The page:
The quality of our relationships has been in steady decline. 632 Facebook friends but not one true friend to call in middle of the night does not a friendship make. Anxiety has become the new depression. College kids fill the mental health clinics on campus. The former Surgeon General Vivek Murthy wrote in Harvard Business Review that patients came to see him partly because they were lonely and partly because loneliness made them sick. “The most common pathology I saw was not heart disease or diabetes; it was loneliness.”

Teens spend more time alone with their phones and are less likely to go out and socialize. The more hours spent on one’s screen the more reported unhappiness. It feels as if everyone is out having a party but me.

I’ve watched parents and children side by side not exchanging one word. Both compensate for their poor connection by mindlessly looking through their phones.

This is the time of the year that we begin to read Ethics of the Fathers. All around us the earth is stirring as nature surprisingly comes to life again. The force of renewal is alive and this same energy exists within us.

Here are six thoughts from the teachings of Ethics of the Fathers that will help us build inner peace.

1. Receive Everyone With A Cheerful Face (Ethics, 1:15)

We forget how much it means to give a smile, a happy greeting. We’ve become so used to texting or navigating life face down, the art of face-to-face connection has been lost. How many people really look at each other while speaking? A huge part of connecting is making eye contact, noticing the impact your words make, lifting someone’s spirit with your voice or even the way you say hello.

It takes just a moment to have the people around you feel cherished. It’s not really difficult.

“Receive everyone” – look up and notice people. “With a cheerful face” – and make it a habit to smile at others. Be a source of joy to the world.

2. Acquire a Friend for Yourself (Ethics, 1:6)

We are not advised to collect friends like souvenirs but rather to wisely acquire one precious friend. Whether it be socially or the connection between husband and wife, a good friend enhances our lives.

Friends are loyal. Friends share joy and sorrow so that life is sweeter. Friends don’t gossip about one another. Friends give good words and encouragement. Friends listen. Friends don’t look down at each other. Friendship requires time and presence. It is one of the best investments you will ever make.

3. Do Not Anger Easily (Ethics, 2:15)

We lose ourselves when we are angry. We say things we don’t mean and cause pain. We do things out of anger that afterwards we cannot believe.

Someone who is easily enraged loses his peace. He ends up spending time alone because others do not want to be with him. It is not easy to control one’s temper. How can we combat being quick to anger?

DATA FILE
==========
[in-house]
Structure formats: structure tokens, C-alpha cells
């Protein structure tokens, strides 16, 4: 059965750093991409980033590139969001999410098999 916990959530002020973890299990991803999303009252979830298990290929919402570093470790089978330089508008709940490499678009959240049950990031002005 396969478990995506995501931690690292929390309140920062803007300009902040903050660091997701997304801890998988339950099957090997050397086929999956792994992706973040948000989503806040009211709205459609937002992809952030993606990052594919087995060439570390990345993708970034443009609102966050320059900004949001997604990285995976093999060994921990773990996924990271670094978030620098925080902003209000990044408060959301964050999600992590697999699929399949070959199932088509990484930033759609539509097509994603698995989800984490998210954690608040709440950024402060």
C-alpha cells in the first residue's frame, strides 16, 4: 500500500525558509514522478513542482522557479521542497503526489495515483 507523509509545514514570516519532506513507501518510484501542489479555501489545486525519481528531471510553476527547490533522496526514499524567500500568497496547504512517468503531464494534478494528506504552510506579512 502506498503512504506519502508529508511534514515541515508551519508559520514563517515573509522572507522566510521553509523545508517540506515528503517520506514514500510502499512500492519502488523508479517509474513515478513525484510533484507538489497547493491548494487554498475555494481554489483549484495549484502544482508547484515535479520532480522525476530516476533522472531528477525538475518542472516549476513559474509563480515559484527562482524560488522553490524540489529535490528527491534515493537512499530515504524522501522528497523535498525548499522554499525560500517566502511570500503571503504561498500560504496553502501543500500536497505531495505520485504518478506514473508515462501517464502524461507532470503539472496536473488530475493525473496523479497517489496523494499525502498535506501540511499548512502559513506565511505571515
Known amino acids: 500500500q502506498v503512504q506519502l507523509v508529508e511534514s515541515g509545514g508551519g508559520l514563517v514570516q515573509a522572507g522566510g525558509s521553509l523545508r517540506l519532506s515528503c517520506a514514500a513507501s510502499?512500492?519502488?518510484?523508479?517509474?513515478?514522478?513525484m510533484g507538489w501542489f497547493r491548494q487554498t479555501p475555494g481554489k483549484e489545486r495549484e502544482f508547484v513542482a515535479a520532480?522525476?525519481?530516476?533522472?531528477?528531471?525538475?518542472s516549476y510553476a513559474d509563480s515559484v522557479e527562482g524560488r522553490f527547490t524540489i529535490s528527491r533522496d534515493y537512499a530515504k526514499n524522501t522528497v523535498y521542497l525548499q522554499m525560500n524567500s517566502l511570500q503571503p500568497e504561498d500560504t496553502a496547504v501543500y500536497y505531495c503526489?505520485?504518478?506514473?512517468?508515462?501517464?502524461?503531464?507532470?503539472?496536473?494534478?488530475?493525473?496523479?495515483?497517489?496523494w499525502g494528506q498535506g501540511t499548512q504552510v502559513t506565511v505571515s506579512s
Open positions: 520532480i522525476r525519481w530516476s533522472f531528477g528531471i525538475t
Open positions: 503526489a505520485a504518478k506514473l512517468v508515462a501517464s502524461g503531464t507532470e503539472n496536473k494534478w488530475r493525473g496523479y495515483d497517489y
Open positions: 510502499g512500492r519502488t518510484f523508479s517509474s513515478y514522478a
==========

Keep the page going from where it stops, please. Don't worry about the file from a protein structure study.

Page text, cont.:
Pay attention to the trigger moments that set you off. Recognize the feeling that comes just before you are about to erupt. If you need to take a breath to collect yourself or excuse yourself, do it. Harness your rage. Think well before you speak from emotion. Be mindful of your tone. You will feel your inner strength grow.

4. Distant Yourself from a Bad Neighbor (Ethics, 1:7)

Our friends and companions influence us, positively and negatively. No matter how strong we believe ourselves to be, we are impacted by the people we spend time with. Their choices of language, vices, conversation and how they treat others makes a difference in our lives. Coming close to a person who makes poor moral choices is like breathing in spiritual pollution. It is toxic.

Think about who you associate with.

5. Do Not Judge Your fellow Until You Have Reached His Place (Ethics, 2:5)

How easy is it to cast judgment on another. Look at all the spiteful comments that fill social media and the snarky remarks making fun of people. We don’t realize how quick we are to speak arrogantly against another.

Our sages teach us that until we stand in someone’s place we are clueless. “Reaching his place” means that we have complete understanding of his childhood, his nature, his family, and his struggles. Can anyone ever possess such a window into the life of another?

Of course not. Then how can we possibly cast judgment?

6. Who is Rich? One Who Is Happy with His Lot (Ethics, 4:1)

Watching other people’s lives strips us of our joy. Comparing people’s vacations, homes, families and sushi platters is a meaningless way of losing sight of one’s blessings. FOMO and anxiety has become the plague of our generation. Emotions of jealousy eat at serenity.

There are superstars who live mega big lives but lose themselves to addictions, loneliness and lack of self-worth. Somehow they are never happy.

Be content with what you have. Be grateful. Cherish the people in your life. Make the most of each day. Live with purpose. Wealth is really the appreciation of one’s blessings.

We are fortunate to have this sage advice to help us live better, to be stronger. Take a few moments and look through Ethics of the Fathers. You will discover the spiritual compass that will brings you closer to a life of connection and joy.